"I am talking of Affection as it is when it exists apart from the other loves ... but ... Affection ... can enter into the other loves and ... become the medium in which from day to day they operate. They would not perhaps wear very well without it. To make a friend is not the same as to become affectionate. But when your friend has become an old friend, all those things about him which had originally nothing to do with the friendship become familiar and dear with familiarity.... There is indeed a peculiar charm, both in friendship and in Eros, about those moments when Appreciative love lies ... curled up asleep, and the mere ease and ordinariness of the relationship ... wraps us round....


"Affection ... is not primarily an Appreciative love. It is not discriminating.... The ... glory of Affection is that it can unite those who most emphatically, even comically ... if they had not found themselves ... in the same households or community, would have had nothing to do with each other. If Affection grows out of this—of course it often does not—their eyes begin to open. Growing fond of 'old so-and-so,' at first simply because he happens to be there, I ... begin to see that there is 'something in him' after all.... We are learning to appreciate goodness or intelligence in themselves, not merely goodness or intelligence flavored and served to suit our own palate.... Truly wide taste in humanity will ... find something to appreciate in the cross-section of humanity whom one has to meet every day. In my experience it is Affection that creates this taste, teaching us first to notice, then to endure, then to smile at, then to enjoy, and finally to appreciate, the people who 'happen to be there' ... odder than you could have believed and worth far more than we guessed.

King Lear Demands Affection
"And now we are drawing near the point of danger....  Symptomatic of this, perhaps, is the odiousness of nearly all ... tunes and ... poems in which popular art expresses Affection. They are odious because of their falsity. They represent as a ready-made recipe for bliss (and even for goodness) what is in fact only an opportunity. There is no hint that we shall have to do anything: only let Affection pour over us like a warm shower ... and all, it is implied, will be well. Affection ... includes both Need-love and Gift love. I begin with the Need—our craving for the Affection of others.... At the beginning of King Lear the hero is shown as a very unlovable old man devoured with a ravenous appetite for Affection.... We all know that we must do something, if not to merit, at least to attract, erotic love or friendship. But Affection is often assumed to be provided, ready made, by nature.... We have a right to expect it. If the others do not give it, they are 'unnatural.'...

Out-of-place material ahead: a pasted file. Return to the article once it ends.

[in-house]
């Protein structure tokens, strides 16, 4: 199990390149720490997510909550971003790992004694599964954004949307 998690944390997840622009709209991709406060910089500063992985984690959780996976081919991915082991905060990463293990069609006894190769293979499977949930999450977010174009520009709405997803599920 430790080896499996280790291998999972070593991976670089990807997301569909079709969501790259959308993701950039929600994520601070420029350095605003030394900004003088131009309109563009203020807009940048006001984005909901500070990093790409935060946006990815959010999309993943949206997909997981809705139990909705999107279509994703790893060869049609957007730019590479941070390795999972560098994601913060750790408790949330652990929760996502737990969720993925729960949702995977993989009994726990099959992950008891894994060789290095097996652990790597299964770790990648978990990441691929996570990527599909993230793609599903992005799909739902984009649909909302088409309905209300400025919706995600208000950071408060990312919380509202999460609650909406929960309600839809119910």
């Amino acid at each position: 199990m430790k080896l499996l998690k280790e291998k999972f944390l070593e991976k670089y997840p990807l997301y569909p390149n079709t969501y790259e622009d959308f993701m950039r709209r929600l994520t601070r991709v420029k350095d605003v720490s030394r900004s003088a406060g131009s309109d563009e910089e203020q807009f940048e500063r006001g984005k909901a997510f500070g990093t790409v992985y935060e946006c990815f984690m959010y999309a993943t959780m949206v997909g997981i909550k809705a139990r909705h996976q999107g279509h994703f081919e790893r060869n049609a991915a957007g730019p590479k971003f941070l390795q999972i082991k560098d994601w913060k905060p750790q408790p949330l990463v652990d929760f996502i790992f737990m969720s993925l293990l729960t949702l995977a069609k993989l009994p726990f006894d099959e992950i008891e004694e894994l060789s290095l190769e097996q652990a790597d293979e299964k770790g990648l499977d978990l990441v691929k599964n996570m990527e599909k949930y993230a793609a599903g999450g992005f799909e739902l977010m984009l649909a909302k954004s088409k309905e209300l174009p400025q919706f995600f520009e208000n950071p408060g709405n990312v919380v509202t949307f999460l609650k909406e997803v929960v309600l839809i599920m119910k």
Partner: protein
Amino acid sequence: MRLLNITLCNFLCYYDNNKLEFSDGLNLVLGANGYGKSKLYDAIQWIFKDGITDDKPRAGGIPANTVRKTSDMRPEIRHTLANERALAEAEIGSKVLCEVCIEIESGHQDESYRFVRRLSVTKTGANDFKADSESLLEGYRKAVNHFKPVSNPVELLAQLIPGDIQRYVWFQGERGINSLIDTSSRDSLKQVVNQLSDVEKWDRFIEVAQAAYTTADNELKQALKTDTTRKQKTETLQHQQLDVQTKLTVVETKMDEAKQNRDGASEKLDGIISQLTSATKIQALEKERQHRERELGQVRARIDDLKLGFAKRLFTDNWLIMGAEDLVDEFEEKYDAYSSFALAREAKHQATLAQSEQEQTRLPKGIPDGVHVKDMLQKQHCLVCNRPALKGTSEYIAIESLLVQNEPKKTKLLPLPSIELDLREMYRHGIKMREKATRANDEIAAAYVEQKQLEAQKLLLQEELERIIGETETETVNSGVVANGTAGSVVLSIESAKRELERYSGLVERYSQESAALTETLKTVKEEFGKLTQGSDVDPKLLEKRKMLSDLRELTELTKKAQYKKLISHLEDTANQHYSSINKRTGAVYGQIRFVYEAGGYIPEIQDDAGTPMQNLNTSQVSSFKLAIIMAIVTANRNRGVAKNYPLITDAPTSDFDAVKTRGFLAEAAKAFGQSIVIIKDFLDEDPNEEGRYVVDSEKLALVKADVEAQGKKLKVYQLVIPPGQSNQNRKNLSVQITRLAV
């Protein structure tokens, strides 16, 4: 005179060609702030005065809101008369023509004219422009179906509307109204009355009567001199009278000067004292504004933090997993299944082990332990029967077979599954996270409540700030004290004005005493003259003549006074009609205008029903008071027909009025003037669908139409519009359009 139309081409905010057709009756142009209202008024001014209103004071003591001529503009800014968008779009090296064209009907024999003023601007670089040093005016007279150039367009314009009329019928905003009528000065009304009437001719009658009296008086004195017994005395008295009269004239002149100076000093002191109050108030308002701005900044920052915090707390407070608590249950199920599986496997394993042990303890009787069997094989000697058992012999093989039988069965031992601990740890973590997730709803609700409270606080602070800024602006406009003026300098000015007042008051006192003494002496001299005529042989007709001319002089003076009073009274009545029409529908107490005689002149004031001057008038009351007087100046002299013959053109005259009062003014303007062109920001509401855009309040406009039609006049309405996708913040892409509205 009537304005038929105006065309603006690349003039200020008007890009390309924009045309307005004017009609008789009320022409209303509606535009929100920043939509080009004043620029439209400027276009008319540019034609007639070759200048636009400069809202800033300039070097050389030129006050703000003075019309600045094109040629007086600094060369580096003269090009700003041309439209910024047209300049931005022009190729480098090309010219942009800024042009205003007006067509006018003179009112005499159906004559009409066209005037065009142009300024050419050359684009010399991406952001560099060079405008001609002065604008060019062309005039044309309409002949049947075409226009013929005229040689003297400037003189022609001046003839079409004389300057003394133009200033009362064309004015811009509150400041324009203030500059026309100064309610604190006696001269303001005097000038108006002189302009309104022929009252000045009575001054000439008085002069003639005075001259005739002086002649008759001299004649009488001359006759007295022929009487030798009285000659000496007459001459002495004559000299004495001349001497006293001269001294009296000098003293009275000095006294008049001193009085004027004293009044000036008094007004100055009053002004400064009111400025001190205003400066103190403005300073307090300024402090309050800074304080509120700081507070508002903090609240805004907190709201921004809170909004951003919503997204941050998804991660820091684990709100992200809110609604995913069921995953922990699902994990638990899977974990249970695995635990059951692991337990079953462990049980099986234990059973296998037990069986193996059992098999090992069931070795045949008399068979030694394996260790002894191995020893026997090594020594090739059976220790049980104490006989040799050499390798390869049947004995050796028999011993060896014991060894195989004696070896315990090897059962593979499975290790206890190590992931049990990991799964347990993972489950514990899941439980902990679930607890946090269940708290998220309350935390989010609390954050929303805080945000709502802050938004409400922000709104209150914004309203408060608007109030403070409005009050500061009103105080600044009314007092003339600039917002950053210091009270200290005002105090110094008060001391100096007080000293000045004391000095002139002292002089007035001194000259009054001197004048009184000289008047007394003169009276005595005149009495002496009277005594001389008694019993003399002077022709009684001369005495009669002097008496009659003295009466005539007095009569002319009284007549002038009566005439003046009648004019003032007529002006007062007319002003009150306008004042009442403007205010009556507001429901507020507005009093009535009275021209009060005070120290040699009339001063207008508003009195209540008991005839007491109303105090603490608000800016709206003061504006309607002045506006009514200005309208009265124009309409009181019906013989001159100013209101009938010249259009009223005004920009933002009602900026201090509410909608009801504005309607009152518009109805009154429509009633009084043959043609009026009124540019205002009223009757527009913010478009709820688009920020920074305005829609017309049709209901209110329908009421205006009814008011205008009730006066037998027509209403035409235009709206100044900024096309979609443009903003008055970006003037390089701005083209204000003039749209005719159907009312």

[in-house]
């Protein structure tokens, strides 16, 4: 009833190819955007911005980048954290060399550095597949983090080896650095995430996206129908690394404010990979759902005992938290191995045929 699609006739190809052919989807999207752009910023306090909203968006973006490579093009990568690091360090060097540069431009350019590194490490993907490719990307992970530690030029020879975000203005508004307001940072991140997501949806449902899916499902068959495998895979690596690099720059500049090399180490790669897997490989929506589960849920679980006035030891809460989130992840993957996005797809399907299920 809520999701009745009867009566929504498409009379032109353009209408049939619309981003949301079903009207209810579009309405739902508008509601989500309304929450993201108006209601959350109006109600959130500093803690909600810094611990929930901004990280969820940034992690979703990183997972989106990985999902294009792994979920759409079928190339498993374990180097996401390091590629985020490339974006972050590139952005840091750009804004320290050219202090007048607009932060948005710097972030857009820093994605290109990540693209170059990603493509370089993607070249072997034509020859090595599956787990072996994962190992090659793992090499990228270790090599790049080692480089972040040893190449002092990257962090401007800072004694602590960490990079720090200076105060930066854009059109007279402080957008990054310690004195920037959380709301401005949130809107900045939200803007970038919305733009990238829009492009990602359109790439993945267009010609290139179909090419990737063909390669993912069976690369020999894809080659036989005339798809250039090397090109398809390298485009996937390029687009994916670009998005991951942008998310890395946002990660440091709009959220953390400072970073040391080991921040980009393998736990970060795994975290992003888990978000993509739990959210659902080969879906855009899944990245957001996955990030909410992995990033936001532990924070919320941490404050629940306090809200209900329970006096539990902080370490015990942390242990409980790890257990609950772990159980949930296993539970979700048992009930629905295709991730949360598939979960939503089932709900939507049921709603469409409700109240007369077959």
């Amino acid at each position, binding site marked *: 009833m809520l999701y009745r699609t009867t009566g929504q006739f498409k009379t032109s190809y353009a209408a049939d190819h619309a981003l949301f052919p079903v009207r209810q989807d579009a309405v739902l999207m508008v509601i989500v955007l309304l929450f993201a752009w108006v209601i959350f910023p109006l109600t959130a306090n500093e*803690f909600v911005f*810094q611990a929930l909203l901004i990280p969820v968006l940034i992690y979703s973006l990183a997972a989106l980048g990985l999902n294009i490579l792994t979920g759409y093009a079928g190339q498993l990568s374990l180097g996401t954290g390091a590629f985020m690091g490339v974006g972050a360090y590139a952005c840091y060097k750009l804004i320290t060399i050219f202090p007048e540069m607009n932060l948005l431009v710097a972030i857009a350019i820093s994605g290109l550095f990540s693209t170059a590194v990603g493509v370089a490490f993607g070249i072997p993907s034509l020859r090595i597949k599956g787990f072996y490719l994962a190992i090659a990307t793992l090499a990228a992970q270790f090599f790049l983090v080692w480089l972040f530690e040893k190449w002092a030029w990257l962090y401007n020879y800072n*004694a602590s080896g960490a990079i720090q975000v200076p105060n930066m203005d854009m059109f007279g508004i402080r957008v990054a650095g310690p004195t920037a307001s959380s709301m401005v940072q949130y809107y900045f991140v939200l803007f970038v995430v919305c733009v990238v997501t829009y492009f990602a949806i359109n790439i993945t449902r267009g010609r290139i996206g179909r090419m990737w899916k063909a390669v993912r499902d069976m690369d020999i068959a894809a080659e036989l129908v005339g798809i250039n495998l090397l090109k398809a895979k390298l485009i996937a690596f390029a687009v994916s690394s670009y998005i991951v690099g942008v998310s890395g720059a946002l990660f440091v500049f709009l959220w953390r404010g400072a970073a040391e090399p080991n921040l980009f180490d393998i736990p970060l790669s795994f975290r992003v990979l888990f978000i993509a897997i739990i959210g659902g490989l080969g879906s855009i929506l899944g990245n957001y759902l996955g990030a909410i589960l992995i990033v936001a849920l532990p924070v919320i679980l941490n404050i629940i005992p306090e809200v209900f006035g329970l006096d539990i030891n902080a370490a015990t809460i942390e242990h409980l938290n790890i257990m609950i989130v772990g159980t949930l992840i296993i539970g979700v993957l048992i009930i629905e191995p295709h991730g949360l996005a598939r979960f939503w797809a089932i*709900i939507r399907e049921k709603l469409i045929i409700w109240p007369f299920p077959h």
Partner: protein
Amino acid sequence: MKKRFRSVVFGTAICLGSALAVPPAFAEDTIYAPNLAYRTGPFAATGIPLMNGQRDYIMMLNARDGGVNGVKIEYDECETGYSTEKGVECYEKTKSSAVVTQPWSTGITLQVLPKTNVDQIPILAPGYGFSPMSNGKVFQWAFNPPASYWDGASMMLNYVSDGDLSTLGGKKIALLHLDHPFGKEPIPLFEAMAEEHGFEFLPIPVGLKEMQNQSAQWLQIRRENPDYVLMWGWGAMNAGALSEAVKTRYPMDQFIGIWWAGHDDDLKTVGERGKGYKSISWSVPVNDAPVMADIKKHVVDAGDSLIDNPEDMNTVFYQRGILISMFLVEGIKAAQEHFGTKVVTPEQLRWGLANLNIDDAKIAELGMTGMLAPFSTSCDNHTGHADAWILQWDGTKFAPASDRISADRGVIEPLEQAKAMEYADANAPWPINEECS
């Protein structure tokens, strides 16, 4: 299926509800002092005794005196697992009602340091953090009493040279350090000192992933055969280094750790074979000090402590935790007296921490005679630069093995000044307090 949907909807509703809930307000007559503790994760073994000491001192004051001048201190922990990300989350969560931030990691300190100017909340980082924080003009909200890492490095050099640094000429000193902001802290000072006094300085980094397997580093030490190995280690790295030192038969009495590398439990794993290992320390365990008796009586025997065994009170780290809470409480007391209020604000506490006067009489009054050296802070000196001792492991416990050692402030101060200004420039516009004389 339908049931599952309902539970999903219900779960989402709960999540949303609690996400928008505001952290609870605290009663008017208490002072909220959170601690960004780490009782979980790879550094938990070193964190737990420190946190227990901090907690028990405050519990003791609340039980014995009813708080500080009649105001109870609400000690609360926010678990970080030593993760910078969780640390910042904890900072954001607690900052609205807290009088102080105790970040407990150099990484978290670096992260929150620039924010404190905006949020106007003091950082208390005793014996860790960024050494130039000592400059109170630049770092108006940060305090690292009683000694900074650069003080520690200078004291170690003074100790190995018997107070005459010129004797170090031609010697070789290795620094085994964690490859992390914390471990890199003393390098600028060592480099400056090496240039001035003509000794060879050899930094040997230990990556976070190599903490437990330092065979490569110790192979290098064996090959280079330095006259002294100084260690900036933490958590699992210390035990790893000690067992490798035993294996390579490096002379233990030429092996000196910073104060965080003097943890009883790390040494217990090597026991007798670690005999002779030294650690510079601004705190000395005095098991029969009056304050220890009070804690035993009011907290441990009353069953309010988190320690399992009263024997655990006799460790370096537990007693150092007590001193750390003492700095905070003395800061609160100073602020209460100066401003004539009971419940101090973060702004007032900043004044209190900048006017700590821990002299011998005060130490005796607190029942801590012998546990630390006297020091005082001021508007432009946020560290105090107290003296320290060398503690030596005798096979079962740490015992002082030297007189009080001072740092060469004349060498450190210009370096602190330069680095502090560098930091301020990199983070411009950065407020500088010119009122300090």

A Sealed Fountain
"What we have is not 'a right to expect' but a 'reasonable expectation' of being loved by our intimates if we, and they, are more or less ordinary people. But we may not be. We may be intolerable.... The very same conditions of intimacy that make Affection possible also ... make possible ... distaste.... Old is a term of wearied loathing as well as of endearment: 'at his old tricks' ... 'the same old thing.'... If people are already unlovable, a continual demand on their part ... to be loved ... [seals] up the very fountain for which they are thirsty. And of course such people always desire the same proof of our love: we are to join their side, to hear and share their grievance against someone else.... All the while they remain unaware of the real road. 'If you would be loved, be lovable.'...

"The really surprising thing is not that these insatiable demands ... are sometimes made in vain, but that they are so often met. Sometimes one sees a woman's girlhood, youth ... up to the verge of old age all spent in tending, obeying, caressing, and perhaps supporting, a maternal vampire who can never be caressed and obeyed enough. The sacrifice—but there are two opinions about that—may be beautiful; the old woman who exacts it is not.

"The 'built-in' or unmerited character of Affection ... invites a hideous misinterpretation. So does its ease and informality. We hear a great deal about the rudeness of the rising generation ... but in fact I have been far more [horrified] by the bad manners of parents to children than by those of children to parents. Who has not been the embarrassed guest at family meals where the father or mother treated their grown-up offspring with an incivility which, offered to any other young people, would simply have terminated the acquaintance? Dogmatic assertions on matters which the children understand and their elders don't, ruthless interruptions, flat contradictions, ridicule of things the young take seriously, ... insulting references to their friendsall provide an easy answer to the question, Why are they always out?... If you asked any of these insufferable people ... why they behaved that way at home, they would reply, '... One comes home to relax.... If a man can't be himself in his own house, where can he?... We're a happy family. We can say anything to one another here. No one minds. We all understand.'...